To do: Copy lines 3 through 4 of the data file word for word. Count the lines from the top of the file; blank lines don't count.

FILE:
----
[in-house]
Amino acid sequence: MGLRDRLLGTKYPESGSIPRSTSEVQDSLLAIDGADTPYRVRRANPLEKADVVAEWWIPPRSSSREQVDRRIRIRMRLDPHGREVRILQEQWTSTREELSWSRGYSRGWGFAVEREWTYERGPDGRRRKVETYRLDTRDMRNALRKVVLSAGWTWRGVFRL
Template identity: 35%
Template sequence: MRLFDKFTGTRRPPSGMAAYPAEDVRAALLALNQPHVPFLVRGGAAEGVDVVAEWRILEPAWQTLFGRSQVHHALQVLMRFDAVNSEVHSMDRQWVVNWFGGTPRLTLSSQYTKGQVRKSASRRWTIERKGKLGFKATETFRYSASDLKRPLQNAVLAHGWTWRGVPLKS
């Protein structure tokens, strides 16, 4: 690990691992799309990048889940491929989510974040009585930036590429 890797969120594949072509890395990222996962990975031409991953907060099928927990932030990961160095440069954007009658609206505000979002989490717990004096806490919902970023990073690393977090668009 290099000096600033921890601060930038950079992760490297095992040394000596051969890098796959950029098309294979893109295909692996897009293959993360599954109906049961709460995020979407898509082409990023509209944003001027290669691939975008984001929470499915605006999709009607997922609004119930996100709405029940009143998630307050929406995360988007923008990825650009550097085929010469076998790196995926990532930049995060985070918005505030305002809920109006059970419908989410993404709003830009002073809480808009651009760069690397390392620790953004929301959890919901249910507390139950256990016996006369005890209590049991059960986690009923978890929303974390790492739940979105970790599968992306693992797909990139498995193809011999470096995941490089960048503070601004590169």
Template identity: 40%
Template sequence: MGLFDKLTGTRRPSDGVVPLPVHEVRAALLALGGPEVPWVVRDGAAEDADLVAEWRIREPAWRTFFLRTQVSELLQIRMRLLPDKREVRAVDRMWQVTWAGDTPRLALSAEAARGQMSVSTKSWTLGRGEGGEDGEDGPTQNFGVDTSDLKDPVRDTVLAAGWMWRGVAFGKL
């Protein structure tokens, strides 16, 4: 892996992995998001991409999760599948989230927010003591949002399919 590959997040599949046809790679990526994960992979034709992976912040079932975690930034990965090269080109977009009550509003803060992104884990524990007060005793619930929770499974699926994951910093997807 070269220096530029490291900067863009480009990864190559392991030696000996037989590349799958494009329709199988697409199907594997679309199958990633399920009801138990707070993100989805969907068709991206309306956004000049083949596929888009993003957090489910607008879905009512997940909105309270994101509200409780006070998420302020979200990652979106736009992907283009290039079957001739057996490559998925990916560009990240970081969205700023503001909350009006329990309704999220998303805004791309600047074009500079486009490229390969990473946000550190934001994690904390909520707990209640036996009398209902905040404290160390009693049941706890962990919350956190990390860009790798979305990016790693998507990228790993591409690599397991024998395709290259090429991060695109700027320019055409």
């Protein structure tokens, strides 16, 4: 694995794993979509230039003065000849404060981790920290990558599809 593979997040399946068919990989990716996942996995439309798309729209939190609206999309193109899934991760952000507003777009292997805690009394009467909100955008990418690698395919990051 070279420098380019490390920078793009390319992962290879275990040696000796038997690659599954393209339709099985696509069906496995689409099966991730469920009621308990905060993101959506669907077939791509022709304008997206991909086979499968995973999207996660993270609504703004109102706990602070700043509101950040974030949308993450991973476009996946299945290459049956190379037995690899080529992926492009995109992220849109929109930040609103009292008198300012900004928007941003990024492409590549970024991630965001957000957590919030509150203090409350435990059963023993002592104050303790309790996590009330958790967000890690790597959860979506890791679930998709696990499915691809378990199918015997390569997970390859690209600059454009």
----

Template identity: 35%
Template sequence: MRLFDKFTGTRRPPSGMAAYPAEDVRAALLALNQPHVPFLVRGGAAEGVDVVAEWRILEPAWQTLFGRSQVHHALQVLMRFDAVNSEVHSMDRQWVVNWFGGTPRLTLSSQYTKGQVRKSASRRWTIERKGKLGFKATETFRYSASDLKRPLQNAVLAHGWTWRGVPLKS